8. Guy says:

    You may be interest in UoW’s Code of Conduct – particularly section 7 relating to academic freedom and to public comment. it appears to me that Ms Wilyman is in breach of these:

    http://www.uow.edu.au/about/policy/UOW058667.html#P218_18498

  9. doug Steley says:

    Excellent explanation of a pitiful situation, it sounds very much like a gutless university administration to frightened to take on a renegade academic and student.

    I received a standard form reply from Prof Raper to my questions.

    Below is my reply to her reply, perhaps she may actually answer my simple questions this time :-)

    I live in hope ! I can only recommend contacting the university and voicing displeasure at their actions ( or inactions )

    ++++++++++++++++++++++++++++++++++++++++++++++++++

    Dear Professor Raper

    Thank you for your reply

    Can you just confirm for me that it is acceptable to your university for one of your students harass grieving parents and to specifically name their child in a publication saying that all available medical evidence is incorrect and the view of an arts student is correct on a matter of medical diagnosis ?

    I support academic freedom to publish research and opinions based on fact that can be verified by collected data, I do not support anyone’s right to make stuff up and claim it to be true without supporting evidence.

    Perhaps you would be kind enough to ask Ms Wilyman to provide the evidence she is basing her claims on.

    yours sincerly

    =================================================

    Email and phone contacts ( be polite but ask questions and expect to be given decent answers )

    Deputy Vice-Chancellor (Research)
    Prof Judy Raper
    Email: jraper@uow.edu.au

    Executive Assistant to Deputy Vice-Chancellor (Research)
    Tracy Panton
    Ph: (02) 4221 3915 tpanton@uow.edu.au

    Dean of Research
    Prof. Tim Marchant
    E-mail: tim@uow.edu.http://www.uow.edu.au/index.html

    Administrative Assistant to Dean of Research
    Ms Joell Murray
    Ph: (02) 4221 5990 joell_murray@uow.edu.a

    Ethics Manager
    Libby McMahon
    Ph: (02) 4221 4457
    Email: elizabeth_mcmahon@uow.edu.au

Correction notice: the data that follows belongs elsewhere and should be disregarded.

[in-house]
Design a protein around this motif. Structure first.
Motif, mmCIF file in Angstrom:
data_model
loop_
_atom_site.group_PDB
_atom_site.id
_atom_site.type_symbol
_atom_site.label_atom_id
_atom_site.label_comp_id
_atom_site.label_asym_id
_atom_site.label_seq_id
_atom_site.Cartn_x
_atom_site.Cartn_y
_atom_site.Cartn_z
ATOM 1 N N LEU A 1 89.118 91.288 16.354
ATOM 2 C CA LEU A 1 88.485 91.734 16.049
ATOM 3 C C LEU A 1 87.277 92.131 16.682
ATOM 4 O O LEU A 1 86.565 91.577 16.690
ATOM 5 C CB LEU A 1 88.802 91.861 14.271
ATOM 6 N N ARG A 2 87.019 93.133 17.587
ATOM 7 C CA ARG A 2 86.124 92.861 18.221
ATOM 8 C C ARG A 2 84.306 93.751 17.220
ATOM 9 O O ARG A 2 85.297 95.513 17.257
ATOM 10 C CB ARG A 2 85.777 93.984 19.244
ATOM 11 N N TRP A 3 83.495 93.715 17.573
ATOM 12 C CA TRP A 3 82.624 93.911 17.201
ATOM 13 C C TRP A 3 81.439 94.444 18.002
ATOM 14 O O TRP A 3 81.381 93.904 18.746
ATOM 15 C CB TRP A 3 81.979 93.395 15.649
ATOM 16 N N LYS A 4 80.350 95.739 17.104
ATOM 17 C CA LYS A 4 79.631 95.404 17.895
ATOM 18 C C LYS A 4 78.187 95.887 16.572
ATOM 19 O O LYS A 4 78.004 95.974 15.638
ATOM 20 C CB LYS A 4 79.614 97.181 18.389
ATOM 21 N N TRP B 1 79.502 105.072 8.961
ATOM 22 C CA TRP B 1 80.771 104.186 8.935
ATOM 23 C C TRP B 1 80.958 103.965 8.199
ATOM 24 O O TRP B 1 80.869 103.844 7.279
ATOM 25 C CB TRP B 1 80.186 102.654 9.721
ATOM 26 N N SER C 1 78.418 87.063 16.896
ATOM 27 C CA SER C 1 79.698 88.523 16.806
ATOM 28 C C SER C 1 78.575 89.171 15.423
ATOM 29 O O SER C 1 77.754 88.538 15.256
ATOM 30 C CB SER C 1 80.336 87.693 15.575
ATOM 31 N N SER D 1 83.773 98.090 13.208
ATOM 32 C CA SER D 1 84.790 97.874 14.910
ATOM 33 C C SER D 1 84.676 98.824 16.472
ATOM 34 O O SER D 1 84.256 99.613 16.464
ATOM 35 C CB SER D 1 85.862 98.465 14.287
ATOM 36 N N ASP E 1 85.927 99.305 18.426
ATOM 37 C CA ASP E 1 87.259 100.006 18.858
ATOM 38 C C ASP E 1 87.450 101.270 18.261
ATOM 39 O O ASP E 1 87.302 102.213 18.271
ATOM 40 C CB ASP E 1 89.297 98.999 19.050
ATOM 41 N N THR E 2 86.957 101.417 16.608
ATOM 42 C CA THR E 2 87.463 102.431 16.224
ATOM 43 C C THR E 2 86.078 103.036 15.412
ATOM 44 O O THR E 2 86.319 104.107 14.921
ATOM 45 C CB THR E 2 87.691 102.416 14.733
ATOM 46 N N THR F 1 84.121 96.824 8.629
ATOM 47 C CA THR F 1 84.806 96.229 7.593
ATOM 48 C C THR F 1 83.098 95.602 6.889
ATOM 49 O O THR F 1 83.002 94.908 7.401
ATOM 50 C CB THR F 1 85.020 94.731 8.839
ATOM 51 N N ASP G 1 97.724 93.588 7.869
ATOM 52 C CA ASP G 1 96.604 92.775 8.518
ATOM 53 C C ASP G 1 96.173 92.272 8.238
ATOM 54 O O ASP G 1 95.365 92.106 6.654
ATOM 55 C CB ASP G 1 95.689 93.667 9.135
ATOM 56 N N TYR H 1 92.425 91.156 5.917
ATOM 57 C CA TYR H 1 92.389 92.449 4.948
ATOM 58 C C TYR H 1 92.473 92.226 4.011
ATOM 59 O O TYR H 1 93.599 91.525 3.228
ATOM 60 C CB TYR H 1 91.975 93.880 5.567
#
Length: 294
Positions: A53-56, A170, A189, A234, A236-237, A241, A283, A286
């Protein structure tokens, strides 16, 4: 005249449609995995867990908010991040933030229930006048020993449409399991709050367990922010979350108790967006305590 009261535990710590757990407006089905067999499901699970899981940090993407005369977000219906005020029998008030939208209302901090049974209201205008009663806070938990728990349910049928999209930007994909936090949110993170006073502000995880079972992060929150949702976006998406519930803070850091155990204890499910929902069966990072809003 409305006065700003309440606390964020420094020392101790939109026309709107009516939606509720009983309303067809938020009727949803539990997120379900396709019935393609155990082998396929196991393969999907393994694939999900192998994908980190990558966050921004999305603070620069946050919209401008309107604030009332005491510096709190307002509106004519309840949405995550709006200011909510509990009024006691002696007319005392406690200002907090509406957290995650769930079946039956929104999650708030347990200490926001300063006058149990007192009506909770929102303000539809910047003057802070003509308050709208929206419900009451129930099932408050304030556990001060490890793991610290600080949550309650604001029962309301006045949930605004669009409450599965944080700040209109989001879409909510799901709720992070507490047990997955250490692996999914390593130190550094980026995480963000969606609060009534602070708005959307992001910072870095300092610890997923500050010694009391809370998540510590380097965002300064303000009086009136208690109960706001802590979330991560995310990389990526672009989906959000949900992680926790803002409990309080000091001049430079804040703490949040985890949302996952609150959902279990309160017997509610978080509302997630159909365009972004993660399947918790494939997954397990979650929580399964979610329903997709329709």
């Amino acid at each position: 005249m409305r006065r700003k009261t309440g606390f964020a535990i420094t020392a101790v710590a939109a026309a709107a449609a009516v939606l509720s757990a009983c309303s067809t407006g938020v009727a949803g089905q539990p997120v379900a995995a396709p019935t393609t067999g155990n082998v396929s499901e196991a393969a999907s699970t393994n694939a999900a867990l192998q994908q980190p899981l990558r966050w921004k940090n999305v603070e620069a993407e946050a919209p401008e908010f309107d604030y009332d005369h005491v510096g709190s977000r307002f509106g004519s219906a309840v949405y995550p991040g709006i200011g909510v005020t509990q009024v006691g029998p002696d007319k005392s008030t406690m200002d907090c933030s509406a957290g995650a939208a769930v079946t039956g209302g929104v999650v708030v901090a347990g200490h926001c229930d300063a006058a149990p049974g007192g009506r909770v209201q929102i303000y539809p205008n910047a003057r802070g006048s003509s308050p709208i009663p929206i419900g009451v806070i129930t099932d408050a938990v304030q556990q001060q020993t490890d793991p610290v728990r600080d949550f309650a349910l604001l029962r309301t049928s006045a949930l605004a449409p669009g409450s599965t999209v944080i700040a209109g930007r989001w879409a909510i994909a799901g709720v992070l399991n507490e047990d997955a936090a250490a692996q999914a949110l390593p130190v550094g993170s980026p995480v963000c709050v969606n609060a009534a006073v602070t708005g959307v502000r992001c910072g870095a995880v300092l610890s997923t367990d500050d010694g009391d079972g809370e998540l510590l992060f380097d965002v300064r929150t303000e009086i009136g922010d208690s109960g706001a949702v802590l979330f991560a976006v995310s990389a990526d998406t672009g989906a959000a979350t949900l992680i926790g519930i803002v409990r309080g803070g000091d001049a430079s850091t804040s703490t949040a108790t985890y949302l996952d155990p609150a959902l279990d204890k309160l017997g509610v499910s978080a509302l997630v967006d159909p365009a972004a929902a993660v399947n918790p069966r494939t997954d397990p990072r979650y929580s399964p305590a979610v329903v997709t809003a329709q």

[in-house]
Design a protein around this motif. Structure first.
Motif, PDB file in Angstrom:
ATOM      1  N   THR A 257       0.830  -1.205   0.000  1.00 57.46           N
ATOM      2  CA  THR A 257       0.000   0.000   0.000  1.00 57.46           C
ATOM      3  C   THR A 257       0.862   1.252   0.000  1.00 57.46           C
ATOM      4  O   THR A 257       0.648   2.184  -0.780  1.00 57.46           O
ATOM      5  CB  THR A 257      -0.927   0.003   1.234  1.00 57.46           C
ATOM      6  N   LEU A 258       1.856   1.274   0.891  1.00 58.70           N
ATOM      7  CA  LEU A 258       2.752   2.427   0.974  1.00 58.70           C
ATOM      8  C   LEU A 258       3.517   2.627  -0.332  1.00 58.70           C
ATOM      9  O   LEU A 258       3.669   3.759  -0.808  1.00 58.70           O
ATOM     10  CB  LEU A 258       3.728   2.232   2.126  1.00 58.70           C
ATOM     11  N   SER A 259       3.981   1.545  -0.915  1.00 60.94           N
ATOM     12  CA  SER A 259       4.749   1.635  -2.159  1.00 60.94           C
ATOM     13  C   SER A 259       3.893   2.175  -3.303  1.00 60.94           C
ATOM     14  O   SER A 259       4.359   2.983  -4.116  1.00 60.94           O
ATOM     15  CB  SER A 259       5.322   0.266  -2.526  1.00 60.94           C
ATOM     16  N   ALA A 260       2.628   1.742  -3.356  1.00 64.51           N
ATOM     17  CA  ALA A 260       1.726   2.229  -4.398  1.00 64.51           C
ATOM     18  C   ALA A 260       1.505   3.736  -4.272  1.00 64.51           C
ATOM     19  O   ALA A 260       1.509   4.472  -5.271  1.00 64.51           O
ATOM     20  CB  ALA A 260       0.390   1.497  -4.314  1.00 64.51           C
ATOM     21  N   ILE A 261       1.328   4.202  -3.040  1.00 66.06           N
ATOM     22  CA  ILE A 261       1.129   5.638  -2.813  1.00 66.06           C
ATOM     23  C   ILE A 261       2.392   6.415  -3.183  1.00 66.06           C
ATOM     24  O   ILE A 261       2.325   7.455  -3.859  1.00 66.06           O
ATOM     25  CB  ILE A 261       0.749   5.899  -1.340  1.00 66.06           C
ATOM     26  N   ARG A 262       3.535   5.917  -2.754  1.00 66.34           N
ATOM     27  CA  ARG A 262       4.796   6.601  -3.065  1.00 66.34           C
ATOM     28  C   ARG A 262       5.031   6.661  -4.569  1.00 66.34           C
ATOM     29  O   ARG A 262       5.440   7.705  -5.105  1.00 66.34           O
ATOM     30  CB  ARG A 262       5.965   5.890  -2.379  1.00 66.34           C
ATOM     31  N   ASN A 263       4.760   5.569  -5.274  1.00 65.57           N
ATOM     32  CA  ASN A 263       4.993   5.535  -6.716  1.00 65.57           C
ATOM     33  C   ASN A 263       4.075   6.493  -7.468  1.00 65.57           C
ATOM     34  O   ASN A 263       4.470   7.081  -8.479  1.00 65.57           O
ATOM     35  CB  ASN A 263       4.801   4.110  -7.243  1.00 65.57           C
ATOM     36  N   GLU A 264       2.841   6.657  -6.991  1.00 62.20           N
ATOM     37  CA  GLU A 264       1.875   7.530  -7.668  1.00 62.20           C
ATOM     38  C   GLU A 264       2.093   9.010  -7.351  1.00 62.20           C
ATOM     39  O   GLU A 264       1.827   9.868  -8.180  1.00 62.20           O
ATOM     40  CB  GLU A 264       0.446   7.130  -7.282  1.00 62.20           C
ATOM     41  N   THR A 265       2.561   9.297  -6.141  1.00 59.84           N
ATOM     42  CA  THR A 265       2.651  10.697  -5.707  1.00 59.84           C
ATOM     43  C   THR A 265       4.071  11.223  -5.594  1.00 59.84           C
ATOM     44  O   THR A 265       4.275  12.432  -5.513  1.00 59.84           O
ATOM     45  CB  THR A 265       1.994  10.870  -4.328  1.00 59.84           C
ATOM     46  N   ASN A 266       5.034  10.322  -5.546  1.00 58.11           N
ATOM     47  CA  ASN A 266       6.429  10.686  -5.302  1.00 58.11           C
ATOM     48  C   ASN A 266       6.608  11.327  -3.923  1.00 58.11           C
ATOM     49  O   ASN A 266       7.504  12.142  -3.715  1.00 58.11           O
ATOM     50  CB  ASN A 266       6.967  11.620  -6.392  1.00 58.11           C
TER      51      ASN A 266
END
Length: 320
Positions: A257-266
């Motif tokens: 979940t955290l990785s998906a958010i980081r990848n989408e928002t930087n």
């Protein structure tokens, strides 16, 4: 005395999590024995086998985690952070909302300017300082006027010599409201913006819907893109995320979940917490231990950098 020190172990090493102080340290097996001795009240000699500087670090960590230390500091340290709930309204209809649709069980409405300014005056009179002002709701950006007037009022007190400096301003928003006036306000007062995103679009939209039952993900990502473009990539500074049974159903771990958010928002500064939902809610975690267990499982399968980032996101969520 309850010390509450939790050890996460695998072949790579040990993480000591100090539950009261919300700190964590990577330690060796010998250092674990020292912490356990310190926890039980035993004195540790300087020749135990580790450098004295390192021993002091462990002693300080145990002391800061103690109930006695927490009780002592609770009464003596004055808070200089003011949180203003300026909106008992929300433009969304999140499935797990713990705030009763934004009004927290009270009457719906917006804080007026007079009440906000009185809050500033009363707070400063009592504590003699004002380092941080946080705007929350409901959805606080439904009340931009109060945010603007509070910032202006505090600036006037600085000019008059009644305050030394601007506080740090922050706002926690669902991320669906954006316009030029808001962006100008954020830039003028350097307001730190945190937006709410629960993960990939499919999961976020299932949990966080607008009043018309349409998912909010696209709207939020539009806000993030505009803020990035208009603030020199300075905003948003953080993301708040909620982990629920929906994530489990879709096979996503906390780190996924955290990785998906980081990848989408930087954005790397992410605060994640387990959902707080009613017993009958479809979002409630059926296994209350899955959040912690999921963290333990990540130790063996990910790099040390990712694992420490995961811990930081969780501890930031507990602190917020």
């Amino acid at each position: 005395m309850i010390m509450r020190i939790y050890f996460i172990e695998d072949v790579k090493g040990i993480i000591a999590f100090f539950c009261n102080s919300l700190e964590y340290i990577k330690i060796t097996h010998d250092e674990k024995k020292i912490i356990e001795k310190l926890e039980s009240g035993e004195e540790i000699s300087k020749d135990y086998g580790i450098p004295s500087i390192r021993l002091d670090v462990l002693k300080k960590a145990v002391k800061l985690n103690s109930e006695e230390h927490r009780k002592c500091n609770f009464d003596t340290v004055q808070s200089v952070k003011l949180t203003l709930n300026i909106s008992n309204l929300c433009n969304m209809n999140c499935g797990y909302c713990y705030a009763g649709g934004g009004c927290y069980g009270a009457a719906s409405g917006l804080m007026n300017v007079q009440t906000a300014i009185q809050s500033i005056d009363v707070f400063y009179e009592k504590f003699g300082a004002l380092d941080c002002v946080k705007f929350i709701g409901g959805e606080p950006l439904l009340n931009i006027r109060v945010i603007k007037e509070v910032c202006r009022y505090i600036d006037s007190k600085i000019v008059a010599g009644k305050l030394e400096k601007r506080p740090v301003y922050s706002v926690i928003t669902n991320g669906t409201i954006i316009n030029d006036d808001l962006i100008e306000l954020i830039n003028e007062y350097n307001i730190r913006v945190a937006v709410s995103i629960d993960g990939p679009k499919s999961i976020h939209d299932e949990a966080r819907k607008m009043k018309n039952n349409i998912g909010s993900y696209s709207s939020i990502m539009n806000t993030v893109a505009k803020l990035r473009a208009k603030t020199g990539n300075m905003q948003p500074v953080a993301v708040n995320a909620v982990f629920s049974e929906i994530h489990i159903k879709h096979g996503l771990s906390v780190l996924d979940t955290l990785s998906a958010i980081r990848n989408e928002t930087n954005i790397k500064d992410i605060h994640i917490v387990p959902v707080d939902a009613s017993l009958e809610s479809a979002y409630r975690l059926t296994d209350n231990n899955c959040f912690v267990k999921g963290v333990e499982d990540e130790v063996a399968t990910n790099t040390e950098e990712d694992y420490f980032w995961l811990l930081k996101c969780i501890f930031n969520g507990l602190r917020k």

Ethics Officers
    Ms Maret Oser-Tamm
    Ph: (02) 4221 5014
    Email: maret@uow.edu.au
    Ms Penny Potter
    Ph: (02) 4221 3350
    Email: pennyp@uow.edu.au
    Ethics Assistants
    Ms Sabine Holz (Mon, Tues, Wed)
    Ph: (02) 4221 3773
    Email: sholz@uow.edu.au
    Ms Cheryl Jecht (Wed, Thurs, Fri)
    Ph: (02) 4221 8074
    Email: cjecht@uow.edu.au

    TRY THIS

  10. Stuart MacLeod says:

    Please … if she is ever awarded a PhD … I would be honoured to pay for your bus trip there and back … might even spring for a plane ticket … to speed up the process.

  11. Gus Barnard says:

    Fantastic article yet again. Thankyou Chrys for the information. I loved the end too! :D

  12. Abbie Noiraude says:

    The last paragraph; breathtaking.
    Chrys Stevenson; My hero!

  13. Added today – a closer look at Wilyman’s supervisor, Professor Brian Martin who, apparently, subscribes to the AVN.

    An excerpt from Losing in the Lucky Country: Wollongong Uni, Brian Martin and Judy Wilyman – How far is too far?
    http://luckylosing.com/2012/06/07/wollongong-uni-dr-brian-martin-judy-wilyman-how-far-is-too-far/

    “So now we must ask more about our devotee to suppression of dissent, Dr. Brian Martin, who inserted himself in the defence of the AVN. How far is too far? Why did he attack the real whistleblower, Ken McLeod, and in doing so wrench the hearts of the McCaffery family? The whistle was blown on a cruel charity fraudster, a scam artist, a fear monger and one who had made a long living from donations gathered from members with the promise of urgent action to solve manufactured dissent.

    The AVN took in $1.8 million between 2004 and 2010. It’s estimated they owe over $155,000 in unprinted magazines for which they have already been paid the subscription fees. This blog is dotted with the fraud making the AVN many tens of thousands more and numerous scams to keep fear running. Does Brian Martin seriously defend and enable such conduct with the defence of academic neutrality?

    Brian Martin publishes using his title at University of Wollongong and his UOW email address. So again, how far is too far for this university to turn a blind eye to sickness, degradation and incredibly the corruption that yields a profit for the AVN? Research and academia at the University of Wollongong appear synonymous with antivaccination schemes.

    At what point does dissent become denial? Or rather, why should denial ever be labelled dissent? How can a PhD supervisor support denial and antisocial tactics in the name of education? “ [read more here - http://luckylosing.com/2012/06/07/wollongong-uni-dr-brian-martin-judy-wilyman-how-far-is-too-far/ ]

  14. Louella says:

    More brilliant work…just brilliant.

  15. Chris says:

    I wonder how many people in AVN vaccinate their pets but not their kids

  16. [...] Why Wollongong’s abdication of responsibility for Wilyman won’t wash [...]

  17. […] second, Why Wollongong’s abdication of responsibility for Wilyman won’t wash, criticises Wollongong University for their failure to censure Wilyman for unethical […]